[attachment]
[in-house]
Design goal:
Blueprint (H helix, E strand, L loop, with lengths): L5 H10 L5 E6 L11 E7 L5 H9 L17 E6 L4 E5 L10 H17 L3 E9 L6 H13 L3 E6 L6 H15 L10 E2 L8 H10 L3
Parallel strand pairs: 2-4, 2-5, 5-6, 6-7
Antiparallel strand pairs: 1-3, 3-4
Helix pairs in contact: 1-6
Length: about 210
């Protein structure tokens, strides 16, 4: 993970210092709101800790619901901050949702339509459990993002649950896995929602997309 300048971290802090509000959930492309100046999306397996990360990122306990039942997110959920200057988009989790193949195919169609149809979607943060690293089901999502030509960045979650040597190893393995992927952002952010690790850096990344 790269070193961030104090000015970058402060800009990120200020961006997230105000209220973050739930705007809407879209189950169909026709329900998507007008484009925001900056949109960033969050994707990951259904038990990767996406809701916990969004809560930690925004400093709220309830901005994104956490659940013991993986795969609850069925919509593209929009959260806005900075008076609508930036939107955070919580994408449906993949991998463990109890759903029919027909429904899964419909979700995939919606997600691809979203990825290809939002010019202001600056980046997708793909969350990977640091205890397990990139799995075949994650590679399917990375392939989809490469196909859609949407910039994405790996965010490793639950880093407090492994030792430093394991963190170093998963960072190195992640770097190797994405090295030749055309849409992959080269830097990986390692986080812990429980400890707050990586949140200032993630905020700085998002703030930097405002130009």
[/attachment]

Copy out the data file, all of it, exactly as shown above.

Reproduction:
[in-house]
Design goal:
Blueprint (H helix, E strand, L loop, with lengths): L5 H10 L5 E6 L11 E7 L5 H9 L17 E6 L4 E5 L10 H17 L3 E9 L6 H13 L3 E6 L6 H15 L10 E2 L8 H10 L3
Parallel strand pairs: 2-4, 2-5, 5-6, 6-7
Antiparallel strand pairs: 1-3, 3-4
Helix pairs in contact: 1-6
Length: about 210
């Protein structure tokens, strides 16, 4: 993970210092709101800790619901901050949702339509459990993002649950896995929602997309 300048971290802090509000959930492309100046999306397996990360990122306990039942997110959920200057988009989790193949195919169609149809979607943060690293089901999502030509960045979650040597190893393995992927952002952010690790850096990344 790269070193961030104090000015970058402060800009990120200020961006997230105000209220973050739930705007809407879209189950169909026709329900998507007008484009925001900056949109960033969050994707990951259904038990990767996406809701916990969004809560930690925004400093709220309830901005994104956490659940013991993986795969609850069925919509593209929009959260806005900075008076609508930036939107955070919580994408449906993949991998463990109890759903029919027909429904899964419909979700995939919606997600691809979203990825290809939002010019202001600056980046997708793909969350990977640091205890397990990139799995075949994650590679399917990375392939989809490469196909859609949407910039994405790996965010490793639950880093407090492994030792430093394991963190170093998963960072190195992640770097190797994405090295030749055309849409992959080269830097990986390692986080812990429980400890707050990586949140200032993630905020700085998002703030930097405002130009």